The Bloody Chamber and Other Stories by Angela Carter

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‘“‘One whose hand,/Like the base Indian, threw a pearl away/Richer than all his tribe ...’ I have lost my pearl, my pearl beyond price.”’ – The quotation is from Shakespeare’s Othello, and is part of the titular character’s final speech, shortly after he has been betrayed into murdering his wife. However, the father’s mention of a ‘pearl beyond price’ alludes to the merchant in the gospel parable who finds a ‘pearl of great price’ and sells everything he owns so that he might possess it (Mt 13.46). In the Bible the pearl represents the ‘Kingdom of Heaven’, and therefore the salvation of the merchant’s soul. Milord has, effectively, staked his whole fortune on acquiring Beauty, his ‘pearl’.

‘Gulliver's opinion, that horses are better than we are’ – Jonathan Swift’s Gulliver’s Travels ends with its hero preferring the company of horses to men after discovering the country of the Houyhnhnms in which horses are civilised and rational and human beings are revolting animals called Yahoos. An important hint as to one of Carter’s key ideas in her story.

‘Upper Moor Fields’ – An area of London just beyond the city walls, noted for its lowlife.

‘the Erl-King’s galloper of wind’ – Alternate origins for this figure from Germanic folklore suggest either ‘the king of the elves’ or the Odin-like leader of the ‘Wild Hunt’. Here, he seems to have an invisible horse associated with the wind.

‘born of a bear, they whispered’ – The saga hero Bodvar Byarki and his three brothers were born of a union between a woman and ‘Bjorn’ – a character who is a bear by day and a man by night.

‘where fruit and blossom grew on the bough together.’ – traditionally emblematic of paradise, which had no seasonal changes. Milord’s dining-room of horses reflects Gulliver’s belief that horses are superior to men, referenced earlier.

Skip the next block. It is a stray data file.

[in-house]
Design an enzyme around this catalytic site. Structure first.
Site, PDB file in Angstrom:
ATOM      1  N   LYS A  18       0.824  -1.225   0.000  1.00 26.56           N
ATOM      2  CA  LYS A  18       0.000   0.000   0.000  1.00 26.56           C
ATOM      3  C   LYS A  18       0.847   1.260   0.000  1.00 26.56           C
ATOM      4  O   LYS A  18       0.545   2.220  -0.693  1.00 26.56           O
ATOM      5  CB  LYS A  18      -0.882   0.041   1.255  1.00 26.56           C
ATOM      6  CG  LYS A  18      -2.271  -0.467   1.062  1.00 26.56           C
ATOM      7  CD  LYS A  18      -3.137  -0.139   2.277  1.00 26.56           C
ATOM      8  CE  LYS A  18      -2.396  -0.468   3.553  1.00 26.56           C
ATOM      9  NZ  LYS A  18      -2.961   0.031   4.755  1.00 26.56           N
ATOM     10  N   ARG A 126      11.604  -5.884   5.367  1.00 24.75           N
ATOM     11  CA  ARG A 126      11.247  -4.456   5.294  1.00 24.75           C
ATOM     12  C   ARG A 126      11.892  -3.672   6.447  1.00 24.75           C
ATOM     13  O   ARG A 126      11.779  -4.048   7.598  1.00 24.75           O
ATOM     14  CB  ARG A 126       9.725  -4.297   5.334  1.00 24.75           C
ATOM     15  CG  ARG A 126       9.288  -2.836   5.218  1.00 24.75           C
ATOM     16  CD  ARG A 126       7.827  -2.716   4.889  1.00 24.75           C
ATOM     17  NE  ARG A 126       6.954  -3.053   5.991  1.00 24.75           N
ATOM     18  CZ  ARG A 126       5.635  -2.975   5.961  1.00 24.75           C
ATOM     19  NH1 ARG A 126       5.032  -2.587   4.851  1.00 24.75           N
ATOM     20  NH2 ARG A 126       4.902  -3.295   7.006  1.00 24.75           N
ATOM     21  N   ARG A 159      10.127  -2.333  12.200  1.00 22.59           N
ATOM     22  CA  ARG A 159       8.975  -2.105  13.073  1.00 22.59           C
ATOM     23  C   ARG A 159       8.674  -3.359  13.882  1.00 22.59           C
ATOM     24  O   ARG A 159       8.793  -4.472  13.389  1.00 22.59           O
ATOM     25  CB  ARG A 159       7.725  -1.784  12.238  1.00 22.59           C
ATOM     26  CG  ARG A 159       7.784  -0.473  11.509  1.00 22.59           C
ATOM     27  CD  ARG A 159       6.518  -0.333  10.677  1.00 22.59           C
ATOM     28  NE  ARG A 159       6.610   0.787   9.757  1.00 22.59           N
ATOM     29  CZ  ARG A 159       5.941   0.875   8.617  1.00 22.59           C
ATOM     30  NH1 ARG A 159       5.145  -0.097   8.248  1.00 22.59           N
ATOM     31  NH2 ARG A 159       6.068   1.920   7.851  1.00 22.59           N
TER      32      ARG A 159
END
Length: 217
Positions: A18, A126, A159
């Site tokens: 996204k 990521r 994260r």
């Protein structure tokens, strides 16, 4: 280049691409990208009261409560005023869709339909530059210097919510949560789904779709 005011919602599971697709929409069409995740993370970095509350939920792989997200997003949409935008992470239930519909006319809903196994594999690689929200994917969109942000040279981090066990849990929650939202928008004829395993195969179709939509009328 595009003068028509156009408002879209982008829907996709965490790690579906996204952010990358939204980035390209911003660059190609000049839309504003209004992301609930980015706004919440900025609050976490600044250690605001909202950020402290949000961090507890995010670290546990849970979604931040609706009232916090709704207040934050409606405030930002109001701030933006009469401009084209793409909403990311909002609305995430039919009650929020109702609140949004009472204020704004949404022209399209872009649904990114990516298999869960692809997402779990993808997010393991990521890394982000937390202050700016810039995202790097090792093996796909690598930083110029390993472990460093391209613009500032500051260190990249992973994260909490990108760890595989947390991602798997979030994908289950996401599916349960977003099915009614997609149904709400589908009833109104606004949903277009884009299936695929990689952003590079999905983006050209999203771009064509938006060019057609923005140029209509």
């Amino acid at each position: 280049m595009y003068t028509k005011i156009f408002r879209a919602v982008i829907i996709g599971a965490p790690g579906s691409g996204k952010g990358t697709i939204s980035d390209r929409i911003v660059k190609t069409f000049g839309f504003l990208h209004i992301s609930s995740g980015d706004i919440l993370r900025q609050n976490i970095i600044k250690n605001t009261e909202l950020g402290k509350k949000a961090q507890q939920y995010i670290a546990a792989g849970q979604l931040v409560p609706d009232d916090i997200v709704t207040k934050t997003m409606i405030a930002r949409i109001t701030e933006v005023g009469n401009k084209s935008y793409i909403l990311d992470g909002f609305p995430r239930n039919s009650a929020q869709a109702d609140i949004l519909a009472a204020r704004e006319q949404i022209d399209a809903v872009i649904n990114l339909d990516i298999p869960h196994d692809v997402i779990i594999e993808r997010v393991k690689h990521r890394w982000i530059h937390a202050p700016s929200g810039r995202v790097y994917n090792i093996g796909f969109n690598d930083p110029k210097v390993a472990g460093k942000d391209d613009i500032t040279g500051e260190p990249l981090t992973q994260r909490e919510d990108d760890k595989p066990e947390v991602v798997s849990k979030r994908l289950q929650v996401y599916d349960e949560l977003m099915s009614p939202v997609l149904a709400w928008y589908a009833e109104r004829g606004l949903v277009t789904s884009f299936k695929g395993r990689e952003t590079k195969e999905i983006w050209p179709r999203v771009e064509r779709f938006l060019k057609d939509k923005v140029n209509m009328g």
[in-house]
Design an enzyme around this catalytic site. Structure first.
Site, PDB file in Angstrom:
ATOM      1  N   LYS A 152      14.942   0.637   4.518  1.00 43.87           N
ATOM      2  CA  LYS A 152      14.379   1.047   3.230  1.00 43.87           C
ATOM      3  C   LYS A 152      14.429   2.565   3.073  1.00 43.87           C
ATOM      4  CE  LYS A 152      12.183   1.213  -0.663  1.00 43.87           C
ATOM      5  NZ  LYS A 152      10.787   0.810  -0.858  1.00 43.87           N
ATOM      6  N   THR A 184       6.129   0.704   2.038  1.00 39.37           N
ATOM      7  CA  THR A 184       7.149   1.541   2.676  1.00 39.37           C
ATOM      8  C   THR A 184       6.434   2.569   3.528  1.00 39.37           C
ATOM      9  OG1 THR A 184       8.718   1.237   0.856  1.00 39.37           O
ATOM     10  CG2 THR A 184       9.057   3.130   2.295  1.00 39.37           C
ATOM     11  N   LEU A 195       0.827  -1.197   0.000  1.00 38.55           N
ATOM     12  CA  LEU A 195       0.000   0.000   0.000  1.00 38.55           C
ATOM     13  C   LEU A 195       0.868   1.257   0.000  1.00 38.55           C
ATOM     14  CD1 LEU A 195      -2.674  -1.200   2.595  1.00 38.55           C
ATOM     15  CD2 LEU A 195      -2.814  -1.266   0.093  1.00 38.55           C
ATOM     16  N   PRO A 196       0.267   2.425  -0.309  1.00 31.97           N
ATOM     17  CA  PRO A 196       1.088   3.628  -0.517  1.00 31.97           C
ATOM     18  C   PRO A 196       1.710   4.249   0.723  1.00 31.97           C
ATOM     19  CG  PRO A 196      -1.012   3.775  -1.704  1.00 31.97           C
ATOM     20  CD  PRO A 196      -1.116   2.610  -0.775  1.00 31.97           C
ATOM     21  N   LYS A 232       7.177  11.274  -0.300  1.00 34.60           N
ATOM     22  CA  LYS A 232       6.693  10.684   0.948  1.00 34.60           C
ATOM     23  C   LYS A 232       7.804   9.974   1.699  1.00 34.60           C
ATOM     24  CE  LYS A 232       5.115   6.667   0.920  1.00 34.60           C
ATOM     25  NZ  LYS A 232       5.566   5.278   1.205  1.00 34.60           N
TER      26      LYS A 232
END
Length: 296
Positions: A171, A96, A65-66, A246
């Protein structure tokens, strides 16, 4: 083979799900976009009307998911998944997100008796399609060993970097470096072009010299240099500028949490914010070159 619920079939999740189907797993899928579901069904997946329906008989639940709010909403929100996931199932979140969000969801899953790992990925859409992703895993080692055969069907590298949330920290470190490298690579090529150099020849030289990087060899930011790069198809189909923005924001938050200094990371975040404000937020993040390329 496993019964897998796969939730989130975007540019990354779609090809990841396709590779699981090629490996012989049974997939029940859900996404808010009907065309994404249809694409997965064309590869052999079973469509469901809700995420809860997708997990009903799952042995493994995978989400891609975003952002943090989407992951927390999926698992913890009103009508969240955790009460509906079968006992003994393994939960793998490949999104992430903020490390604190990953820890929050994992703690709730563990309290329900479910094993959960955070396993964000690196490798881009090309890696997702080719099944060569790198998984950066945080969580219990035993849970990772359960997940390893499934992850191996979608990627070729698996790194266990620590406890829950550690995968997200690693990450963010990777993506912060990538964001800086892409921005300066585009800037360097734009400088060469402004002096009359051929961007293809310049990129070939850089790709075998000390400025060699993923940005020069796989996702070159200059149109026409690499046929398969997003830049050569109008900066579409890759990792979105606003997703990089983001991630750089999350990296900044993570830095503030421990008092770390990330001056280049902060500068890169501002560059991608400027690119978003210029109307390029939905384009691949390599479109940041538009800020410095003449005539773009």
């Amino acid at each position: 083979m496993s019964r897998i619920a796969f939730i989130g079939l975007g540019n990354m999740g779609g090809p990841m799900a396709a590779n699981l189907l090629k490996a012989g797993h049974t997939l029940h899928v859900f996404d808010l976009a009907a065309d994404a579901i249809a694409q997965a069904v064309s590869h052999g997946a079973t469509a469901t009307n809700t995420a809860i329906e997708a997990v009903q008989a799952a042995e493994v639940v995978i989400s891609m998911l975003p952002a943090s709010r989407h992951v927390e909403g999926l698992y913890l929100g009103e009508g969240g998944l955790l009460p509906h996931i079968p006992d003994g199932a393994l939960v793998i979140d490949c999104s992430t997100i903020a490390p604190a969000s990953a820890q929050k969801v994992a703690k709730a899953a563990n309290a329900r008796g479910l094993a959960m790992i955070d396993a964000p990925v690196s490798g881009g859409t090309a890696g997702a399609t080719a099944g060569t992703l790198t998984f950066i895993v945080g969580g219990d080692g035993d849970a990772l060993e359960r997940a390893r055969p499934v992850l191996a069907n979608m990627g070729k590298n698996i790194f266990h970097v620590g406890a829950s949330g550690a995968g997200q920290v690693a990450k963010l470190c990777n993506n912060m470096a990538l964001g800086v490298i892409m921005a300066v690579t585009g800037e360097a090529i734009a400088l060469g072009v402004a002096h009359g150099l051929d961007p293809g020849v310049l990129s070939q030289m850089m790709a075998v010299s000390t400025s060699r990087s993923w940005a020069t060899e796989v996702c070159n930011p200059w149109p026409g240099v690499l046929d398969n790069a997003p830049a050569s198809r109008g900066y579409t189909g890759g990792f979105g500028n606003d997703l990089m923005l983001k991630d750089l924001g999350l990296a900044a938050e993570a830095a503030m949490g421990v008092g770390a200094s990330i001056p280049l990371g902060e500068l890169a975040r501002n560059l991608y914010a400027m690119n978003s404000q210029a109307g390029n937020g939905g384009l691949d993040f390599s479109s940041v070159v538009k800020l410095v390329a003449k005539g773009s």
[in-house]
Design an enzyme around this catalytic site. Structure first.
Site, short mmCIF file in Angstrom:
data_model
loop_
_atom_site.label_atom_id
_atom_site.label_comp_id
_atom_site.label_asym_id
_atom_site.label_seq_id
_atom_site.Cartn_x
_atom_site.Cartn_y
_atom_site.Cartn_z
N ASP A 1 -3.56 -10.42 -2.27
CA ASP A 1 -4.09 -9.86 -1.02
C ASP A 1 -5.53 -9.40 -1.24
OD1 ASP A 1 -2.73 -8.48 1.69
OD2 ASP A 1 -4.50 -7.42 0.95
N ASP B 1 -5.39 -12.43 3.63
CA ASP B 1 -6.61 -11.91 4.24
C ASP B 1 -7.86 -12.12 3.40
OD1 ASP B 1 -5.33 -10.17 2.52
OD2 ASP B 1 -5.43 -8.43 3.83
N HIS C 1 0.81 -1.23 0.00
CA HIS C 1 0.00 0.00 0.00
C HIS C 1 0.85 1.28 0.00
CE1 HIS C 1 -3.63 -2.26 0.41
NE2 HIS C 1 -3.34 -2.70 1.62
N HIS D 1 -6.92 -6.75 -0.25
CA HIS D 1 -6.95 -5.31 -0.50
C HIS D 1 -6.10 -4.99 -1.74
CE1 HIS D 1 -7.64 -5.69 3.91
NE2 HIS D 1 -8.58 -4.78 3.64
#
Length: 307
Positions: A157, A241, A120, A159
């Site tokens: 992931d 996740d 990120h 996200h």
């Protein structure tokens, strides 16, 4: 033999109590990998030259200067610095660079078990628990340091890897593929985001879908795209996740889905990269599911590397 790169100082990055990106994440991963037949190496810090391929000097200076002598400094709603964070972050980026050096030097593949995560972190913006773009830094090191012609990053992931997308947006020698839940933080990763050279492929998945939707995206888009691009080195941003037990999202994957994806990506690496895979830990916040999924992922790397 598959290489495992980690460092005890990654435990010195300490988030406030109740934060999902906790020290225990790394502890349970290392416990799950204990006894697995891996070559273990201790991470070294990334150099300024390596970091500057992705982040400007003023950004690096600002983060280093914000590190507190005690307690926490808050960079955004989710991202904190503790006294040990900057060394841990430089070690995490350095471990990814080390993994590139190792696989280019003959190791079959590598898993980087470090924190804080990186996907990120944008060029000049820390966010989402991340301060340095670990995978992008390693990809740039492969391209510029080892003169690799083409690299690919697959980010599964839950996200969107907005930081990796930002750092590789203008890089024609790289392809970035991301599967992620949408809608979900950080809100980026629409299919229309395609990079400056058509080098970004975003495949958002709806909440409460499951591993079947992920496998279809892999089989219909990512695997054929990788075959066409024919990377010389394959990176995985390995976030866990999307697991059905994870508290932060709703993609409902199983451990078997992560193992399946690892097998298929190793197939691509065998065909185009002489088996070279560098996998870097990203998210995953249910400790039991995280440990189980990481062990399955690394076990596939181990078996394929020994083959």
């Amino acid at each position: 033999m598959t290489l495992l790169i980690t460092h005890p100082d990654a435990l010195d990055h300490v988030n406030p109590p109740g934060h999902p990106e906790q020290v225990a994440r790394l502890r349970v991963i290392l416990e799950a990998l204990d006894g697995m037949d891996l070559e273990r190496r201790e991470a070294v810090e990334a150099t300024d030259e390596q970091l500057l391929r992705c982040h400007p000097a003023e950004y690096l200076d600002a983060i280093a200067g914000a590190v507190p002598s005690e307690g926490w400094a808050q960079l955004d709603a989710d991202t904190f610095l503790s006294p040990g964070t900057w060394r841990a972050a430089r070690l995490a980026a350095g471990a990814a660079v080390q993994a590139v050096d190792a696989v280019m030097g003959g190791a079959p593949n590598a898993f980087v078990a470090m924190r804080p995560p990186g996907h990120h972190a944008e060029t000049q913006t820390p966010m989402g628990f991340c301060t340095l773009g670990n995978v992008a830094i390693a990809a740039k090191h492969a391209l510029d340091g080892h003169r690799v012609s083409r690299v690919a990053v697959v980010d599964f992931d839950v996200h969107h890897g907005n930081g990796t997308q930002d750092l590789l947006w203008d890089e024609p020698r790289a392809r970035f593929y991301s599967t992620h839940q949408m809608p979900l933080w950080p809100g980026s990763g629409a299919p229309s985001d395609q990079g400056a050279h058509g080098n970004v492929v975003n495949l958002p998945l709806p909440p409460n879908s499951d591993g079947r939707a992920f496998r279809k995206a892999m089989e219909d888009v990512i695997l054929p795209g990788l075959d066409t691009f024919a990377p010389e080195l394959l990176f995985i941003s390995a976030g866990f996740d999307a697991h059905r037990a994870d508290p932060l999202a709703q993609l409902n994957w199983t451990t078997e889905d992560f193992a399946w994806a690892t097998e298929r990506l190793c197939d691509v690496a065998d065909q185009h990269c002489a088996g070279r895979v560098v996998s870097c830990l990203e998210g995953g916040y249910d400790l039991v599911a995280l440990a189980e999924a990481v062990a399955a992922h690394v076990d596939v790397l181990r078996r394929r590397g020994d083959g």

‘a soubrette from an operetta,’ – a soubrette is a secondary female character, who often acts as a confidante to the female lead, and is generally younger and lighter of mind.

‘her bowels churning out a settecento minuet’ – a dance-tune from the seventeenth century. The phrase ‘churning out’ refers to the revolving drum of the musical box contained within the automaton’s innards.

‘her little mirror’ – The supernatural mirror is a glance at the original story in which Beauty is consoled with being able to view her father from afar. Ironically, in this version, she is not interested in seeing her father at all.

‘a little shagreen box’ – covered with a rough, grainy leather made from certain animal hides.

‘a rippling fart of gavotte’ – a gavotte is (here the music of) a French rural dance.

‘“Tantivy! tantivy! a-hunting we will go!”’ – The valet is singing the traditional English song ‘A-Hunting We Will Go’, which ends with the line ‘Tantivy! Tantivy! Tantivy! A-hunting we will go!’ To ride ‘tantivy’ means to ride at full gallop.

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the Unkindness of Ravens If you have found our critical notes helpful, why not try the first Tower Notes novel, a historical fantasy set in the time of the Anglo-Saxon invasions.

Available HERE where you can read the opening chapters.

The Unkindness of Ravens by Anthony Paul